Bartomeu Bows Out at Barcelona, Leaving Behind a Crisis and a Bombshell

Josep Bartomeu's demise at Barcelona appeared to be inevitable, but his parting gift for the club was to shoehorn it into a competition that doesn't yet exist and to deflect from the chaos that unfolded under his watch.
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Josep Maria Bartomeu left the Barcelona presidency on Tuesday as he had occupied it: amid rancor, bewilderment and controversy. 

His resignation, and that of the entirety of the board, pre-empted a vote of no confidence that had been scheduled for Wednesday and which he would almost certainly have lost. But just as everybody was wondering what had taken him so long, came his bombshell: the announcement that he had committed Barcelona to a European Super League. 

Last week, there had been the leak of yet another proposal for a super league, this one apparently to be bankrolled by JP Morgan and comprising 18 sides, with limited or no promotion or relegation. It was largely dismissed as a bargaining tool ahead of the restructuring of the Champions League that will happen in 2024-25. But Bartomeu’s parting words will raise fears that this time, the plans have a little more substance to them. 

“I can announce some extraordinary news,” he said. “Yesterday we accepted a proposal to participate in a future European Super League, which would guarantee the future financial sustainability of the club. And we’ve accepted the future Club World Cup format.” 

In reality, Bartomeu was probably doing little more than deflecting from his own humiliation, while preparing the ground to take the credit if Barcelona does find itself part of a super league that might help to resolve its chaotic finances. It remains possible that Bartomeu and his board may face civil action over a budgetary shortfall since he took power in 2014.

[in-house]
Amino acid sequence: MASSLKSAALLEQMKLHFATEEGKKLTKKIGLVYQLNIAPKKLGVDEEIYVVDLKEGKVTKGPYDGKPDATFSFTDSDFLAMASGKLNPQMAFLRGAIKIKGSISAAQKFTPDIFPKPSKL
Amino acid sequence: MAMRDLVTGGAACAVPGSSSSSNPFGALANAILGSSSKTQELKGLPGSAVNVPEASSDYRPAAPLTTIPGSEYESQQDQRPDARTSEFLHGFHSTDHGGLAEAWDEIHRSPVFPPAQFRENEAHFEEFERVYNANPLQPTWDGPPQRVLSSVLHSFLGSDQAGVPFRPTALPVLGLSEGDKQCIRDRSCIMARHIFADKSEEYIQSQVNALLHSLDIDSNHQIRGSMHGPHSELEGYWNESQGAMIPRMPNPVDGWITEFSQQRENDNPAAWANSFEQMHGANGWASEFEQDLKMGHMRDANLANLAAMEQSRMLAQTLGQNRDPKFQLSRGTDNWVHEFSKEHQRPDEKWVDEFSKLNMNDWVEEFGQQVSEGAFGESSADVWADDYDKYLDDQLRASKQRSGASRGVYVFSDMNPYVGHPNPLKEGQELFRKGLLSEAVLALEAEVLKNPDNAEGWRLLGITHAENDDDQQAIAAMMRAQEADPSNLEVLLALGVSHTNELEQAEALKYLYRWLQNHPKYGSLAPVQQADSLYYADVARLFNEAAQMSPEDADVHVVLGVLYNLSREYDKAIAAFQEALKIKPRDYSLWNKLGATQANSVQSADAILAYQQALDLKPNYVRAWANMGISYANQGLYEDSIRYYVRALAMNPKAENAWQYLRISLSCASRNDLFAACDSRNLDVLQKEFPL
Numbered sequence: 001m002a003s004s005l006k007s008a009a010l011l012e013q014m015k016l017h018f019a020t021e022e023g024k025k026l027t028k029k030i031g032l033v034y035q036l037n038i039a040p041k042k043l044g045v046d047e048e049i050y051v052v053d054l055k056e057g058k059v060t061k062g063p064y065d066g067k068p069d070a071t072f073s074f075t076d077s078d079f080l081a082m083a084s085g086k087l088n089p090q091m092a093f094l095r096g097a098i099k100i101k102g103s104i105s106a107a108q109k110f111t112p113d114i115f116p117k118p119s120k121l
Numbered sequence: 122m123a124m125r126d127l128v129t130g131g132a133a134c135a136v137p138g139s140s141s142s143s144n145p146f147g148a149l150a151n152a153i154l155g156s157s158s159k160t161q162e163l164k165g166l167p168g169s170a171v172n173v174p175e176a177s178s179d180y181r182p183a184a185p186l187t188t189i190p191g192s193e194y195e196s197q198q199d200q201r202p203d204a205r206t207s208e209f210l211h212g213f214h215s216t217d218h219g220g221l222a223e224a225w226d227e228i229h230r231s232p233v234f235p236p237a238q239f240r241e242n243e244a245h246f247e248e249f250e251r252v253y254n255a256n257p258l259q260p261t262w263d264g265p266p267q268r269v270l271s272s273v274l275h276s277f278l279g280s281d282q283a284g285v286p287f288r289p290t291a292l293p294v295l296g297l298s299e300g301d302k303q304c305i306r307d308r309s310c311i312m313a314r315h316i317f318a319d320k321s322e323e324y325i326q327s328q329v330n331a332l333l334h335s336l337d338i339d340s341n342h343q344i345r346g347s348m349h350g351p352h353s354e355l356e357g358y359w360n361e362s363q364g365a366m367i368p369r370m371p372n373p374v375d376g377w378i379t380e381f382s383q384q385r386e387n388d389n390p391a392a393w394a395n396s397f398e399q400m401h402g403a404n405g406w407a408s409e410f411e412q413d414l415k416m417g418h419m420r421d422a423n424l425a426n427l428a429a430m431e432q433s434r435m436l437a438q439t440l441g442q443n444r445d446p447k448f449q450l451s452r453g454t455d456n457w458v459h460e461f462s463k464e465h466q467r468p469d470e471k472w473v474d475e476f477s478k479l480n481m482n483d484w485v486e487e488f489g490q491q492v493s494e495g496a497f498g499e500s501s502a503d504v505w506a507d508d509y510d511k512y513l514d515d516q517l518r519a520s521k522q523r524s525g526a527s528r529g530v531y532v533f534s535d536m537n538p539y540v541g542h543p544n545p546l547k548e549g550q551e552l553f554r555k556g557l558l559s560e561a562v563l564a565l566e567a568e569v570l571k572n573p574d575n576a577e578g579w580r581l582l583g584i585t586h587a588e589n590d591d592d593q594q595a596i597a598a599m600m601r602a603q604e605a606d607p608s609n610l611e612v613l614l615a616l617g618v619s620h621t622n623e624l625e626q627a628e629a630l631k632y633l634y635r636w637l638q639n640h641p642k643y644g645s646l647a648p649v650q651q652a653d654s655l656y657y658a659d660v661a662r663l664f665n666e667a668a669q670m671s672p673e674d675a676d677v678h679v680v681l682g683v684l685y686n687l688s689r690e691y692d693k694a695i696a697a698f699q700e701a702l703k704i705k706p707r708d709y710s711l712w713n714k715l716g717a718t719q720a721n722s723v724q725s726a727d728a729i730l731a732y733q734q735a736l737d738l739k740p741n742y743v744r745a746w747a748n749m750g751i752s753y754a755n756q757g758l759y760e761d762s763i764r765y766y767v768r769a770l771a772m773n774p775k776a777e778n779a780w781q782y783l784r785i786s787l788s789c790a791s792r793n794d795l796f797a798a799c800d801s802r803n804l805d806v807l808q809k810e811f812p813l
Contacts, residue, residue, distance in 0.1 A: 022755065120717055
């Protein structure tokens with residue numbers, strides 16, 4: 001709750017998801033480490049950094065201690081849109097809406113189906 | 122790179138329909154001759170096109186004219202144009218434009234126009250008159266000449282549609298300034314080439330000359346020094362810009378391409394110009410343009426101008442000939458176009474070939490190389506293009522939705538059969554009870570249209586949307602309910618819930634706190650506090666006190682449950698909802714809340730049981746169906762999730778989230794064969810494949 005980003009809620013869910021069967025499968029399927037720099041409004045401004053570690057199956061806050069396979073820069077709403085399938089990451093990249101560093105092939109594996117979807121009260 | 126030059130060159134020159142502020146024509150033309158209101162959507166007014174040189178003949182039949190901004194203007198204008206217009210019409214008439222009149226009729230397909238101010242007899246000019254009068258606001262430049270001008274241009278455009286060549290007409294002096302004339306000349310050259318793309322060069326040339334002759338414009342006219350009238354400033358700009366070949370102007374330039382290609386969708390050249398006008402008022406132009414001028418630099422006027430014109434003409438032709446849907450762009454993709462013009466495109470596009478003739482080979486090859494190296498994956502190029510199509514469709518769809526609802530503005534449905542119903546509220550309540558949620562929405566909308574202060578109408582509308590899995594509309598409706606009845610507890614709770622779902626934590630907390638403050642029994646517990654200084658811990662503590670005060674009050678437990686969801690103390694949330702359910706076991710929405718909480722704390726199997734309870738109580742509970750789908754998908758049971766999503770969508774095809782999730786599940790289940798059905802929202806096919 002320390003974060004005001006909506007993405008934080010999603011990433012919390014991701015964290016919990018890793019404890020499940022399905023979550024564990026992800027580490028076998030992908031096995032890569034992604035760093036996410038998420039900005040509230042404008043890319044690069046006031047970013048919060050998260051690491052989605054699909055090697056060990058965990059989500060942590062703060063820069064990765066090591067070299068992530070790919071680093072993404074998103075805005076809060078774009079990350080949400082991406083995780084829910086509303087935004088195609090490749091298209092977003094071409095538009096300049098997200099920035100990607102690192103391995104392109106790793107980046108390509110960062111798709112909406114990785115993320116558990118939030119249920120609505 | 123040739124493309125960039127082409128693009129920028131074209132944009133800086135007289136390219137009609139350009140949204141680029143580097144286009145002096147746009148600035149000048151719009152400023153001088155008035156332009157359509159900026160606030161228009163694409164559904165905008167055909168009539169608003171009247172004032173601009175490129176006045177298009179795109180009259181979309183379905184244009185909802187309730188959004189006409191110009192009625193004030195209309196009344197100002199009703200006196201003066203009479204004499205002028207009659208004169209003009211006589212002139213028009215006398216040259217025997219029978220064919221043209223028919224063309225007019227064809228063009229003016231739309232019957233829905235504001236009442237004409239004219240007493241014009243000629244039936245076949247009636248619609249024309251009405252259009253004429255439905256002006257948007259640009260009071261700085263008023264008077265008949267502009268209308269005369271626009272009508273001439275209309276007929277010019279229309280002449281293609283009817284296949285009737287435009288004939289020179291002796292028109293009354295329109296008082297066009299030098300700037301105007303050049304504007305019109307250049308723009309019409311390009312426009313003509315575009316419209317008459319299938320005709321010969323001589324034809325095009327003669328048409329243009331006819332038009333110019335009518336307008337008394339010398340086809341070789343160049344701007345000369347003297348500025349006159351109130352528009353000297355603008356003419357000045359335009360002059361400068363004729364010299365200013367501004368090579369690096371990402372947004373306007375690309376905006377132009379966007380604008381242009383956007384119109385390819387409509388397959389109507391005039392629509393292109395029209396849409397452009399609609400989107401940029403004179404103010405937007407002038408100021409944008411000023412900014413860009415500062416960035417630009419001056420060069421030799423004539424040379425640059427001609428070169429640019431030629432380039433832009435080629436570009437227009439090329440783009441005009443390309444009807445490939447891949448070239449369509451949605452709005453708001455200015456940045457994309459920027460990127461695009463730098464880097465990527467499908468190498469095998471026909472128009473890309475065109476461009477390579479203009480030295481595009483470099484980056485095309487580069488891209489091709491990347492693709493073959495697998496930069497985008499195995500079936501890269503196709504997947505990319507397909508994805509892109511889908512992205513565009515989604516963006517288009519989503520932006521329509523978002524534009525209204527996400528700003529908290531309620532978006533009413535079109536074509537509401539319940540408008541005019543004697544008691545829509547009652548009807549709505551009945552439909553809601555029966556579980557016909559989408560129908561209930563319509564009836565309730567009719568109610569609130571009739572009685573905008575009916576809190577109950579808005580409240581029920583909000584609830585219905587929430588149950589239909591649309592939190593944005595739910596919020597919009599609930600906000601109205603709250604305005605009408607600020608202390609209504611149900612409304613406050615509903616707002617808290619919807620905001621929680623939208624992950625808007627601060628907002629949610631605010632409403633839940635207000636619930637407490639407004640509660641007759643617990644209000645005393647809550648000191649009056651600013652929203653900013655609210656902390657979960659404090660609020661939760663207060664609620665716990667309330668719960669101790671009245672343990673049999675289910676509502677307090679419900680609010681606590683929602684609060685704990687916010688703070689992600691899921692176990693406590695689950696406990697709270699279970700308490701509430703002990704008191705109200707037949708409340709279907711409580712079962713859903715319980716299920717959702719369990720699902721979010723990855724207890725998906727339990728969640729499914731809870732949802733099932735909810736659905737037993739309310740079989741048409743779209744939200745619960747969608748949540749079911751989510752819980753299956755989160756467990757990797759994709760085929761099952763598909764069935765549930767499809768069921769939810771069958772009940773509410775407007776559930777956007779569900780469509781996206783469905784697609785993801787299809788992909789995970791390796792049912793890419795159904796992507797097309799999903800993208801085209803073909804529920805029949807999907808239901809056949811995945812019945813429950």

Barcelona's ex-president Josep Bartomeu

Bartomeu’s demise had seemed certain for several months, yet even with presidential elections looming next year–elections he had almost no chance of winning–he remained bizarrely determined to cling to power. A petition raised against him had forced the no-confidence vote, but he had lobbied the Catalan government to postpone it until next month so emergency measures could be put in place to deal with the pandemic. When the government refused, prompting Bartomeu to stand down with the knowledge that he had no hope of securing the third of the vote required to stay on, he accused them of irresponsibility, leaving an interim board to deal with an unprecedented crisis. 

That board, led by Carles Tusquets, an economics lecturer at Barcelona University, will prepare for presidential elections. Former president Joan Laporta had already declared his candidacy for next year’s ballot, as had businessman Victor Font, who has spoken about restoring the influence of La Masia, the club's fabled youth academy, and installing Xavi as coach. 

Whoever takes over, it is not likely to be good news for Ronald Koeman, the Dutch defender appointed in August. Although he was part of Johan Cruyff’s great side of the early 90s, scoring the winner in the 1992 European Cup final, Koeman has already proved broadly unpopular as he has set about a necessary revolution with characteristic tactlessness. Defeat to an ordinary Real Madrid in Saturday’s Clasico, and in particular a shapeless, zestless second half, encapsulated the problems at the club. 

Bartomeu’s departure will be portrayed as a victory for Lionel Messi, who had announced his intention to leave the club in the summer, only for the president to force him to stay, pointing out that the release clause in his contract had not been triggered in time. Whether Messi actually wanted to leave, or whether he was merely trying to force Bartomeu out was never clear. Messi responded by truculently committing to the club for a further year, while savaging Bartomeu, saying there had been “no project” at Barcelona for years. 

That much, at least, is true. Bartomeu departed with a rambling 35-minute speech in which he sought to portray himself as the victim and permitted no questions. Even acknowledging the difficult times he has faced, it’s hard to imagine history being kind to him. 

When he took over Barcelona, even after the departure of Pep Guardiola, he inherited one of the best sides in the world, one that would win the Champions League again in 2015. He leaves a squad of 30-somethings and teenagers with an unpopular manager and mounting debt, as probably the least popular president in the club’s history. If his words are to be taken at face value, he may also have transformed European football forever. Given his record, it’s hard to believe it would be for the better.